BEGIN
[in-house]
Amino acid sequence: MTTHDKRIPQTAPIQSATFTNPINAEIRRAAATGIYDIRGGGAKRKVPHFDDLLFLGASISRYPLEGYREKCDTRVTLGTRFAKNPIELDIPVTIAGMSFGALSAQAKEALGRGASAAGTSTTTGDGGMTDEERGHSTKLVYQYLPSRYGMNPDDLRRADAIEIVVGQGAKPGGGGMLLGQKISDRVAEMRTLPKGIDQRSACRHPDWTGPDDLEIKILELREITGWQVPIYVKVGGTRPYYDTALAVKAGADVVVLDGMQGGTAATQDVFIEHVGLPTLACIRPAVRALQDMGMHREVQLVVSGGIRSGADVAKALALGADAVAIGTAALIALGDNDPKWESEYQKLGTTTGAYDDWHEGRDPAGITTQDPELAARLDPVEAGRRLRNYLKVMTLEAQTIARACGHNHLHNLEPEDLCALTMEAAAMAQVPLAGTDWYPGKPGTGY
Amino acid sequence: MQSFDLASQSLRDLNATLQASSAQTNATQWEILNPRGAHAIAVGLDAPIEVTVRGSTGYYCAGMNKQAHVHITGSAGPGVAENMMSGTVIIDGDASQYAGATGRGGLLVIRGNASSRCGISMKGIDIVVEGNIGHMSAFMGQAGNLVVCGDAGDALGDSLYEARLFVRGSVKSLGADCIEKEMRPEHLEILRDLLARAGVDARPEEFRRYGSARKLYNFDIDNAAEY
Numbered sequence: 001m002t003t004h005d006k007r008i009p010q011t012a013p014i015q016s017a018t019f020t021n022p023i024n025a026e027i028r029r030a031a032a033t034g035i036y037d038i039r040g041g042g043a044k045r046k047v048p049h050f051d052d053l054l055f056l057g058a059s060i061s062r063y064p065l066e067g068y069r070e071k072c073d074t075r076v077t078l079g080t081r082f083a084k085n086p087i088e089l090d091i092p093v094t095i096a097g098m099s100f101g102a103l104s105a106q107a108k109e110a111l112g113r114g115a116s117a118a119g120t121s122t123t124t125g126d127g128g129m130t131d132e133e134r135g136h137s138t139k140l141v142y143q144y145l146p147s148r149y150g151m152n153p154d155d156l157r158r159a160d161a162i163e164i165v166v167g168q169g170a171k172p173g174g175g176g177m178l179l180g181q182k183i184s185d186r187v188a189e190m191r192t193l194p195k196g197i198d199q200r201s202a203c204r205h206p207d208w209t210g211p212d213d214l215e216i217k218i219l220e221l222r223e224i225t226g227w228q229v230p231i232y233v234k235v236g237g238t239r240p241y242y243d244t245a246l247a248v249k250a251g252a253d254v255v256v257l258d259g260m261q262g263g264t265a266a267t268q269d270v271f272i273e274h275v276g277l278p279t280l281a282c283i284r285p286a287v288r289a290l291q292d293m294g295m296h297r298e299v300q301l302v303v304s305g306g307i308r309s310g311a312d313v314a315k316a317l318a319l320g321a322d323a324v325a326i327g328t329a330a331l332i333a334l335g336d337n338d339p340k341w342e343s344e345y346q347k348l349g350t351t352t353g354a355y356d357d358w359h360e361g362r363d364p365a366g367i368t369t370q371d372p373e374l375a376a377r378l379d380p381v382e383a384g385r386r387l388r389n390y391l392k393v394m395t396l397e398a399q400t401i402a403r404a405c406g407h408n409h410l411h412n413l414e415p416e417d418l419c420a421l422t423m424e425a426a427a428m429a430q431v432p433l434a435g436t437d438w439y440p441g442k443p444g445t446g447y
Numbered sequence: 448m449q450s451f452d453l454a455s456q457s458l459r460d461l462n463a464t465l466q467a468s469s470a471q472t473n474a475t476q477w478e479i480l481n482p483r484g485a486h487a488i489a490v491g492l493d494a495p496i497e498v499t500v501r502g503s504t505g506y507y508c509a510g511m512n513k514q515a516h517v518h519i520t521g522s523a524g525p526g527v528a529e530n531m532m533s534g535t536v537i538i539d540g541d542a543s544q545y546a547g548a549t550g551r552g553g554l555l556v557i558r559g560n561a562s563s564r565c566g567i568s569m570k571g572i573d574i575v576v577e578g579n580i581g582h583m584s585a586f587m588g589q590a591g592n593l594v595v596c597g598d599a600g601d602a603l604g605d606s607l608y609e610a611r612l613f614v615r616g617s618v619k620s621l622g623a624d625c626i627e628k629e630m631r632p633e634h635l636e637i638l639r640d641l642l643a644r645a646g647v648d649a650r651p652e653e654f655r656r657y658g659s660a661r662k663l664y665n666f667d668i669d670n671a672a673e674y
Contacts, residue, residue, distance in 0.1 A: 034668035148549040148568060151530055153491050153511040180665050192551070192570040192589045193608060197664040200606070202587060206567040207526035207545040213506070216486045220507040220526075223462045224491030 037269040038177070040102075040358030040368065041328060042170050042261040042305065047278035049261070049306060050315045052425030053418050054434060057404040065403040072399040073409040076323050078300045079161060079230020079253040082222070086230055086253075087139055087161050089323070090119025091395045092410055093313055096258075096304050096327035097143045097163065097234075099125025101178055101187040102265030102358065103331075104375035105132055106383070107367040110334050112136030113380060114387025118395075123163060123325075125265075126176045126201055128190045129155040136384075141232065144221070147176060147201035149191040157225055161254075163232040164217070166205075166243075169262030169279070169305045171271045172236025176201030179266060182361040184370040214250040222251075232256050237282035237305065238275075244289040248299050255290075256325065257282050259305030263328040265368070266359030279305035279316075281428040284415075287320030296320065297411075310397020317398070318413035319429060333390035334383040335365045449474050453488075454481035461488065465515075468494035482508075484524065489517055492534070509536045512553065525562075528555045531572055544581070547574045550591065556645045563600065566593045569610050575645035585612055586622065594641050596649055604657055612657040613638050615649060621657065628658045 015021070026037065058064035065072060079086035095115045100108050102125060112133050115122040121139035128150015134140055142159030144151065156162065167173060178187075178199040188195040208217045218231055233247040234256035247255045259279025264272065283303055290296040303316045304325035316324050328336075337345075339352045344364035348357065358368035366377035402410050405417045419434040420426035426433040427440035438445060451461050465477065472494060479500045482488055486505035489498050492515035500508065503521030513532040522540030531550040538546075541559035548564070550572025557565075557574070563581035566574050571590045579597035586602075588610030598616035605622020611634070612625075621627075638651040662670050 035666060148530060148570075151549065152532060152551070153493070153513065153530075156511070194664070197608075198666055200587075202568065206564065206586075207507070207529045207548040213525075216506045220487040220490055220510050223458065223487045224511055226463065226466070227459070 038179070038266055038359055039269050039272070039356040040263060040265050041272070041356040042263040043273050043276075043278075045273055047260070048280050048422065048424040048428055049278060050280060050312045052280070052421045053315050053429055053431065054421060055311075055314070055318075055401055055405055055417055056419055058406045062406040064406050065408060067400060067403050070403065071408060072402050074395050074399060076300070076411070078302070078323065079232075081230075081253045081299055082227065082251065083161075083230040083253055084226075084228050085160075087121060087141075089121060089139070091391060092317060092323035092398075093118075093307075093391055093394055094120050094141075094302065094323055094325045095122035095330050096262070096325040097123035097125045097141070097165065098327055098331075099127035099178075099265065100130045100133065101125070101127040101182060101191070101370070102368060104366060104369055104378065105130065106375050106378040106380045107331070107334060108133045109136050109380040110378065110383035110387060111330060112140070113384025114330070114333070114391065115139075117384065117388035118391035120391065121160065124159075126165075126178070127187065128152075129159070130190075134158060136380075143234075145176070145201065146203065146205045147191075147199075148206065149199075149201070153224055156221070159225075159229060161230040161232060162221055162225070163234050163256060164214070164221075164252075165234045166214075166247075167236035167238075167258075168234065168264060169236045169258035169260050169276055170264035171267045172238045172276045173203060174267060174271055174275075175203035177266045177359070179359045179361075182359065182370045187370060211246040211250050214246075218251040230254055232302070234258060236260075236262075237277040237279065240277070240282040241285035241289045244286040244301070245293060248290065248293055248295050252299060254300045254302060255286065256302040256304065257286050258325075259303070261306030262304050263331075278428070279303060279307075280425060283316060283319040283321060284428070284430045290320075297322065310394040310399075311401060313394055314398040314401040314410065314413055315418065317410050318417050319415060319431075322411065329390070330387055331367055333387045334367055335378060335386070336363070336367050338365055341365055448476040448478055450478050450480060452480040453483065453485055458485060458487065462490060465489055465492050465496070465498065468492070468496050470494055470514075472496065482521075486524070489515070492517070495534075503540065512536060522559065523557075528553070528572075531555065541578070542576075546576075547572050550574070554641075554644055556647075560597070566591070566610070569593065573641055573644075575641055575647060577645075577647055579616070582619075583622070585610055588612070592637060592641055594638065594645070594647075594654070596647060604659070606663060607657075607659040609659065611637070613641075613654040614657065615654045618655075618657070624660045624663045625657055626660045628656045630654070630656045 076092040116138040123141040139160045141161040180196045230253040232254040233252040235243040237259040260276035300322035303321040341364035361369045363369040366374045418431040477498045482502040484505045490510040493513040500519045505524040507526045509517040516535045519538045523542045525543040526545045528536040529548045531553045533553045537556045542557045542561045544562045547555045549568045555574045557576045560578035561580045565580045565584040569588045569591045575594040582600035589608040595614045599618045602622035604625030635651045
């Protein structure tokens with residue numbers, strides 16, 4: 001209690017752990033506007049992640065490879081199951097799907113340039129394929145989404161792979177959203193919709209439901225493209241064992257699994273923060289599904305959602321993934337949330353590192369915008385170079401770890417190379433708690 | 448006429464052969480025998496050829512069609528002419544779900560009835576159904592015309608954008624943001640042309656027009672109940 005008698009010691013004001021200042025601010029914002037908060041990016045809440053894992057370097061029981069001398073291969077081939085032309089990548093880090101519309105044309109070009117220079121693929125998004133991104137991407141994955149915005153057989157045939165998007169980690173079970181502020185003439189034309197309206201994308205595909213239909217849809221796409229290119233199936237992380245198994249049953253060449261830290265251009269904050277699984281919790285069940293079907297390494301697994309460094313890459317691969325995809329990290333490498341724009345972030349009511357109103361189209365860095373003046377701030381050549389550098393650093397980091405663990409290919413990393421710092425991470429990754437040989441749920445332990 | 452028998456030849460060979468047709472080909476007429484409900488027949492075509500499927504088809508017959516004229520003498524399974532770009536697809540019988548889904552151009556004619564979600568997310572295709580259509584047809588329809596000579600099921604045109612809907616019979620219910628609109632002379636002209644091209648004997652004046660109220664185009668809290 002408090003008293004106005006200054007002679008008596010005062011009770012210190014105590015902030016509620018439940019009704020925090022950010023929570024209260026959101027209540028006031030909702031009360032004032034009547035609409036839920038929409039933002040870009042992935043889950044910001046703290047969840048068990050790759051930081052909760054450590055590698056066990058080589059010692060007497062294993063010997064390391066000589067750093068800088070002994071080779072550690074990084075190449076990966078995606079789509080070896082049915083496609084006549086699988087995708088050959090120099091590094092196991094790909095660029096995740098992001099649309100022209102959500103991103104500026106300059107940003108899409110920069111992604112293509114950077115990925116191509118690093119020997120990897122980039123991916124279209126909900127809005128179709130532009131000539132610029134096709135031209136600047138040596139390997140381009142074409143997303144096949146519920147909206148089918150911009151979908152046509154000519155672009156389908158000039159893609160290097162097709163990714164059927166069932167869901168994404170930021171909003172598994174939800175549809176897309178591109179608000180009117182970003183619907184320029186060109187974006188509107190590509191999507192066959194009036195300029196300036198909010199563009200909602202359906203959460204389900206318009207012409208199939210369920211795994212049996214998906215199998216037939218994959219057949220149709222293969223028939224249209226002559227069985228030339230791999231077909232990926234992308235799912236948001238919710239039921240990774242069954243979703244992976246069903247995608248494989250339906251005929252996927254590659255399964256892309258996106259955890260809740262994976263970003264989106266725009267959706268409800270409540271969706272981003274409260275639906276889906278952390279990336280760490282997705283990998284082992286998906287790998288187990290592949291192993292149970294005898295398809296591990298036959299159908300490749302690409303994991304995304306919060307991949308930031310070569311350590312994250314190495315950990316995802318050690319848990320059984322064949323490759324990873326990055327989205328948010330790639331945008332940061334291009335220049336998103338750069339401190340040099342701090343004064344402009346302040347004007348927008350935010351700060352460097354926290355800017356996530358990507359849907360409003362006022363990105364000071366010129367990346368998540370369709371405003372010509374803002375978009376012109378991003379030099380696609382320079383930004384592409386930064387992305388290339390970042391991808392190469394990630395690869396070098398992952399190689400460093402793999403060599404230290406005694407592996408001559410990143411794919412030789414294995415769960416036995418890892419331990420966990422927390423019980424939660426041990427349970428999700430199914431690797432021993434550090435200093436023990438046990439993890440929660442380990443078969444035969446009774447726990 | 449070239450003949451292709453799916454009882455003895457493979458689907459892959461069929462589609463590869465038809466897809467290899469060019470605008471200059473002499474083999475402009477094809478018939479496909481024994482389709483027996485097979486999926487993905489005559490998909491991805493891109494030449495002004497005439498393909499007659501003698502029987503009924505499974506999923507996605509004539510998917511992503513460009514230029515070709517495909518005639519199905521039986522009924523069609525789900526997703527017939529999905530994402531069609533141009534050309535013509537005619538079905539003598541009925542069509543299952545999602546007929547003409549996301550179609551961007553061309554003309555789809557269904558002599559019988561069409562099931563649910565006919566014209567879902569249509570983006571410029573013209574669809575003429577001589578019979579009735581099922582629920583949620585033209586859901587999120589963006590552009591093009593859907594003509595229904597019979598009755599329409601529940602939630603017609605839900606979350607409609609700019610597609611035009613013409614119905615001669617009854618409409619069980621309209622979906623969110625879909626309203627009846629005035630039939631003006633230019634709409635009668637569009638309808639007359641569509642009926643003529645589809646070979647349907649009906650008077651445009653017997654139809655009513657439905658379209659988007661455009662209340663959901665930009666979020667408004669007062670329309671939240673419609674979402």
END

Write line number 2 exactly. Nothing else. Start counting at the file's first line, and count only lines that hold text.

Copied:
Amino acid sequence: MTTHDKRIPQTAPIQSATFTNPINAEIRRAAATGIYDIRGGGAKRKVPHFDDLLFLGASISRYPLEGYREKCDTRVTLGTRFAKNPIELDIPVTIAGMSFGALSAQAKEALGRGASAAGTSTTTGDGGMTDEERGHSTKLVYQYLPSRYGMNPDDLRRADAIEIVVGQGAKPGGGGMLLGQKISDRVAEMRTLPKGIDQRSACRHPDWTGPDDLEIKILELREITGWQVPIYVKVGGTRPYYDTALAVKAGADVVVLDGMQGGTAATQDVFIEHVGLPTLACIRPAVRALQDMGMHREVQLVVSGGIRSGADVAKALALGADAVAIGTAALIALGDNDPKWESEYQKLGTTTGAYDDWHEGRDPAGITTQDPELAARLDPVEAGRRLRNYLKVMTLEAQTIARACGHNHLHNLEPEDLCALTMEAAAMAQVPLAGTDWYPGKPGTGY